How to Create
and Use Batch Files

There are at least a couple of ways for writing batch files. One way is to use a plain text word processor such as Notepad, which (for 64-bit operating systems) appears to be the best option for now. Another way (for 16-bit and 32-bit operating systems) is to use the plain text editor, MS DOS Editor. Just type in the file name, Edit, at either the DOS prompt or in the Run command box on the Start menu (for Windows versions XP and earlier). Choose Save from the File menu, type a name for your batch file, and press Enter to save it. Be sure to add the .BAT extension to your file name, too. Next, begin typing the batch file code.

To use Notepad for this purpose, choose it from the All Programs | Accessories folder on the Start menu. You can also type Command Prompt in the Search box on the Start menu for Windows Vista or later and select "Command Prompt" from the Programs group list. Once the command prompt opens, type notepad filename [such as notepad to-do-list.txt] at the command prompt and press Enter to open it. This assumes, of course, that the file you wish to open is in the current directory displayed at the command prompt. To open a file in a different directory, type the complete file path. For instance, typing notepad Desktop\to-do-list.txt at the command prompt will open a file named to-do-list.txt from your Desktop directory. To open a file in a different directory, just specify the directory where your target file resides.

The first step in writing batch file code is to obtain a comprehensive DOS manual (available at most book stores) which contains all of the pertinent DOS commands with a thorough explanation for how to use each one. Next, when you're ready to begin composing your batch file, decide whether you want your code to display on-screen while it executes. Code will display on-screen by default, so if you don't want it to display, you must type as your first line: @Echo off. However, it's always a good idea to make some text visible at the end of the batch job to notify the user that the task has completed. Use that as the last line of your batch file.

On the second line, type the letters CLS, which is code for "clear screen". This is a good idea in case there is other text already displayed on the screen when your batch file begins execution.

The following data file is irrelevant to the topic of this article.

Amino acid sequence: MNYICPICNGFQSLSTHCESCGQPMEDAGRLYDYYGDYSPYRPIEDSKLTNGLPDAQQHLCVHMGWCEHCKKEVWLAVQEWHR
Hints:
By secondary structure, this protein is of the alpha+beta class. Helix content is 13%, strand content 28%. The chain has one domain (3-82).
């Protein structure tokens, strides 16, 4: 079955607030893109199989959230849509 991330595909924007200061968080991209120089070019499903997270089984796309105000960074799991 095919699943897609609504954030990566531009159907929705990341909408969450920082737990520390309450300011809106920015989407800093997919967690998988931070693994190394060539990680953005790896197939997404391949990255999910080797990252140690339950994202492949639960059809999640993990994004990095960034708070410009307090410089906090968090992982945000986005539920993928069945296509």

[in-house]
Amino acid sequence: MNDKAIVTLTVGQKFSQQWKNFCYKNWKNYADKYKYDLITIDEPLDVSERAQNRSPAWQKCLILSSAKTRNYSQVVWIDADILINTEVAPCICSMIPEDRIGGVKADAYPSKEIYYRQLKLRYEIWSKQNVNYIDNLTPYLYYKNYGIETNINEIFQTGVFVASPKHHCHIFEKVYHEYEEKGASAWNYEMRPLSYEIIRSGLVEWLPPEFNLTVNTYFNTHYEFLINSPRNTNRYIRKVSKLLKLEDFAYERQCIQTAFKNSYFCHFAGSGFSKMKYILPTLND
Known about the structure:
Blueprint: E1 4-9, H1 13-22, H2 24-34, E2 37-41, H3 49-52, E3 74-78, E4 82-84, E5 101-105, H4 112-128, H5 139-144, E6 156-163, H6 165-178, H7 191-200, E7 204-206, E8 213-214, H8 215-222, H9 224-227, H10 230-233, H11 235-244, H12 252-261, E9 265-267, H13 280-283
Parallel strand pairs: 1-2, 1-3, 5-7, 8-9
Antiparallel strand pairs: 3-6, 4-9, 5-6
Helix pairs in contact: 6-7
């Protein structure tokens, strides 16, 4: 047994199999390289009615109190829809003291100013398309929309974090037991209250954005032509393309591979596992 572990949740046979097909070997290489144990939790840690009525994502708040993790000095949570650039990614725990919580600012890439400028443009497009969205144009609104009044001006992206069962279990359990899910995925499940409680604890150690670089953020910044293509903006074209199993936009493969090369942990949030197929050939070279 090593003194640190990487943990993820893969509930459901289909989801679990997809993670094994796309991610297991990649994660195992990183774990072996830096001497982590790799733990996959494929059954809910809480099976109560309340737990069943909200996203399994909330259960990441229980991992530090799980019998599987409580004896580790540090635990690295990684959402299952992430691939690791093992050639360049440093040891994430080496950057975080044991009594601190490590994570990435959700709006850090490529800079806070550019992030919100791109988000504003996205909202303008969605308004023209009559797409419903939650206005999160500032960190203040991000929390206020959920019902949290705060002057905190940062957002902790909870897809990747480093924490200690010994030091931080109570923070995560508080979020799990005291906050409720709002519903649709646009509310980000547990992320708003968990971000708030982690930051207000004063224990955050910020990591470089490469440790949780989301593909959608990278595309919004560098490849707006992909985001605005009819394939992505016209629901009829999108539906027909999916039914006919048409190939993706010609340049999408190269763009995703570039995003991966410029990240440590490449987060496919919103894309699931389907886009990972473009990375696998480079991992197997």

On the third line, type the command you want the batch file to perform. For instance, if you want your batch file to format a floppy disk, type the following code: format a: . Note the blank space following the colon and always be sure to include it. Note, also, that this DOS command will invoke the compiled command program,, in the DOS directory (3.x) or in the Windows\Command directory (Win9x and ME) or in the \I386 directory (WinXP Home Edition) or in the Windows\System32 directory (WinXP Pro and later), which will display text on-screen during the format process.

If the drive letter for your floppy disk drive is different than A, insert the appropriate letter. Make absolutely certain the drive letter you specify is the correct one for which you intend to format, or else you could lose valuable data on a disk you didn't intend to format!

There are several parameters you can add to the format command to specify different options you wish to include in the format function. /S, for instance, copies the current DOS's system files onto the floppy disk. /V prompts you to name a volume label for the disk. To specify a label name without being prompted, type /V:labelname, whereas labelname is the name you specify for the volume label. If you use multiple parameters, be sure to include a blank space between each one. For instance, /S /V:labelname.

In order to let your user know when the batch job is complete, it's smart to make a line of text visible with just that message. To do that, though, you'll have to turn @Echo back on and use the command @Echo at the beginning of the line to display your text. See the example below.

Now, to write all this code in its sequence, your batch file should look like this:

@echo off
format a: /S /V:Notes
@echo on
@echo Batch job is complete.

For a comprehensive list of all DOS commands, and with much more detailed instructions on how to write batch files, consult a DOS manual like Running MS DOS Version 6.22 by Van Wolverton, or here's another way.

Choose Help and Support from the Windows XP Start menu and click on the Index icon on the top menu bar. Next, type in "batch files" in the search box and press Enter. When the search completes, click on the "Run a memory-resident program with another program" item under the Suggested Topics | Pick a task section in the Search Results. Now, click on the Related Topics hyperlink at the bottom of that article in the right-hand pane and choose "Batch files" from the pop-up menu. Once that article loads, click the Add to Favorites icon on the menu bar at the top of that pane (not the uppermost menu bar).

Now, you can come back to that article much more quickly the next time you want to read it by clicking on the Favorites icon on the uppermost menu bar of that screen and choose it from the saved list. That's all for now!